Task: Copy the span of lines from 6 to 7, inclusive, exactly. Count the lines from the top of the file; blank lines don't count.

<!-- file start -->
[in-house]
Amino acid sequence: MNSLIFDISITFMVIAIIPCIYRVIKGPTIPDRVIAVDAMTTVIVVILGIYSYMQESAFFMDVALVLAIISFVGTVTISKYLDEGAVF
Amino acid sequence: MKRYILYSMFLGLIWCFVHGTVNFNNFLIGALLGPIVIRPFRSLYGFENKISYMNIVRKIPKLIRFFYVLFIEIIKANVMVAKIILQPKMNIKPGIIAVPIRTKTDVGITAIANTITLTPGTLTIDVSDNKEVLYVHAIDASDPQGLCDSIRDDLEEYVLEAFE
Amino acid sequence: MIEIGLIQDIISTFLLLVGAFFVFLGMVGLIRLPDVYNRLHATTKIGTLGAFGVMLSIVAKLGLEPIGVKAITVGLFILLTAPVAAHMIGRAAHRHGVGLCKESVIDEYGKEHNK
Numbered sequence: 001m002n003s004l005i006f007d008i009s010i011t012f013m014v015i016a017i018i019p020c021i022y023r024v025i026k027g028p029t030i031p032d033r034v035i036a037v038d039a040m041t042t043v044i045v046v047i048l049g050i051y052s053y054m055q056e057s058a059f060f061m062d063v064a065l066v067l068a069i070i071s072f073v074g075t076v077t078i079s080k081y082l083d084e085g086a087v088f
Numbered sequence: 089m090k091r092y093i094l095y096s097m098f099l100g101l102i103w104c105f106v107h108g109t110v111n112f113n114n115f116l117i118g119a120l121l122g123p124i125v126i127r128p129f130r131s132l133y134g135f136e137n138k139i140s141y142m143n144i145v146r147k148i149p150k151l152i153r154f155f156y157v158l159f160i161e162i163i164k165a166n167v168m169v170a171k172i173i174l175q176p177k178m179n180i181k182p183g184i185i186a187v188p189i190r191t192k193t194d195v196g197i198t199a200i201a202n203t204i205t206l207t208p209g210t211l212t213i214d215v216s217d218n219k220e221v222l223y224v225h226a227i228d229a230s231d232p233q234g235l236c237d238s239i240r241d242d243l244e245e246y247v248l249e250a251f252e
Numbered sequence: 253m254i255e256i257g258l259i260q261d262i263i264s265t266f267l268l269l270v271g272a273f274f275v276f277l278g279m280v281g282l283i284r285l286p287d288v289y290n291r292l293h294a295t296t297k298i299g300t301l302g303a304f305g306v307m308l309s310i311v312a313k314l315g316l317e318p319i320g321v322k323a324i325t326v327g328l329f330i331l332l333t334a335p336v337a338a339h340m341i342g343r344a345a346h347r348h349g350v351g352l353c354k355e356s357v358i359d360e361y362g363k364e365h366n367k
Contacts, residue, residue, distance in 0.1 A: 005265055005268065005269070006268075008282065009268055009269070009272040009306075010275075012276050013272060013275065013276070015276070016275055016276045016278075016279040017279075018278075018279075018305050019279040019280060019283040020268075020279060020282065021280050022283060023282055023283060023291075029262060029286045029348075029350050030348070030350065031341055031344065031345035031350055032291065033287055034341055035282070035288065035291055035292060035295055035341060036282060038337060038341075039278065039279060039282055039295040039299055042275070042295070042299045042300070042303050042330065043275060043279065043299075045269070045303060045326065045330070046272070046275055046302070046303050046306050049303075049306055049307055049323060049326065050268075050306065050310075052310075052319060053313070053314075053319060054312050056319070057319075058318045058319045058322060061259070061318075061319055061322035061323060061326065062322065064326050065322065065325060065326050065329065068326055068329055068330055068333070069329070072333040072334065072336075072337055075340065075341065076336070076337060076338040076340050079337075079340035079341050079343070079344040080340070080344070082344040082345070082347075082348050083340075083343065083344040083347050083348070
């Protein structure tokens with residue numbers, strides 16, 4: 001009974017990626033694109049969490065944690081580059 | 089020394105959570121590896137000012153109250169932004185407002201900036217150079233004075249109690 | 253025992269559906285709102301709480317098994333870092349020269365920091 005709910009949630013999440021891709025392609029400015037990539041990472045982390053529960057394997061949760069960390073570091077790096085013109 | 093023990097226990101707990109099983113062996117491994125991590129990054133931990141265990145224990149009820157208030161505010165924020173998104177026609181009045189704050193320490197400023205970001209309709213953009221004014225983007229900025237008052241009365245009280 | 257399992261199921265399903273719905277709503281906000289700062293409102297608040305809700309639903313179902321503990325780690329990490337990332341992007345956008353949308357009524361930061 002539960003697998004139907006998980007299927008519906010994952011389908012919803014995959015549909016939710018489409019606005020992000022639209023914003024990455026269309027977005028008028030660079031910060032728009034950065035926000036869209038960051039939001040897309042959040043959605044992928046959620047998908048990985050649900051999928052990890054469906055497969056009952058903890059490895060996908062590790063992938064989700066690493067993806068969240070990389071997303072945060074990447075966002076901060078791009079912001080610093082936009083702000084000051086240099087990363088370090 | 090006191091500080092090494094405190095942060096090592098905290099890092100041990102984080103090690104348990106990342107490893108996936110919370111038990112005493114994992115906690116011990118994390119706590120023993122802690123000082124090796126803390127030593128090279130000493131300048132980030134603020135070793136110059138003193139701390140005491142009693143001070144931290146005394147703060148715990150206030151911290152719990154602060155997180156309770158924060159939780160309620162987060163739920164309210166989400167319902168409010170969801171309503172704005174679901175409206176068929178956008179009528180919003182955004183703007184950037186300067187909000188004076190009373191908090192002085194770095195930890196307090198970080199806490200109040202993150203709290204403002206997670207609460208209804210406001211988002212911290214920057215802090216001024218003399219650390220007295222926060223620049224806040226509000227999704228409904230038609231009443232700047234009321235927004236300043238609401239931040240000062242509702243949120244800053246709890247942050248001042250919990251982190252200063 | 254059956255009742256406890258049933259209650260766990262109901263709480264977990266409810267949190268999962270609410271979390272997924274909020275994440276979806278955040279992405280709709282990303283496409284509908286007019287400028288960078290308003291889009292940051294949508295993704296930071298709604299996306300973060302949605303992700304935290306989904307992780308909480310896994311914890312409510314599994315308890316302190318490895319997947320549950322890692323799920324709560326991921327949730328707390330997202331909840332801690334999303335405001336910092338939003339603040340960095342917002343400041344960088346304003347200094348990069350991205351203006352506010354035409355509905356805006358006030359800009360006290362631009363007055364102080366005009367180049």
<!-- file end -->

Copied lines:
Numbered sequence: 089m090k091r092y093i094l095y096s097m098f099l100g101l102i103w104c105f106v107h108g109t110v111n112f113n114n115f116l117i118g119a120l121l122g123p124i125v126i127r128p129f130r131s132l133y134g135f136e137n138k139i140s141y142m143n144i145v146r147k148i149p150k151l152i153r154f155f156y157v158l159f160i161e162i163i164k165a166n167v168m169v170a171k172i173i174l175q176p177k178m179n180i181k182p183g184i185i186a187v188p189i190r191t192k193t194d195v196g197i198t199a200i201a202n203t204i205t206l207t208p209g210t211l212t213i214d215v216s217d218n219k220e221v222l223y224v225h226a227i228d229a230s231d232p233q234g235l236c237d238s239i240r241d242d243l244e245e246y247v248l249e250a251f252e
Numbered sequence: 253m254i255e256i257g258l259i260q261d262i263i264s265t266f267l268l269l270v271g272a273f274f275v276f277l278g279m280v281g282l283i284r285l286p287d288v289y290n291r292l293h294a295t296t297k298i299g300t301l302g303a304f305g306v307m308l309s310i311v312a313k314l315g316l317e318p319i320g321v322k323a324i325t326v327g328l329f330i331l332l333t334a335p336v337a338a339h340m341i342g343r344a345a346h347r348h349g350v351g352l353c354k355e356s357v358i359d360e361y362g363k364e365h366n367k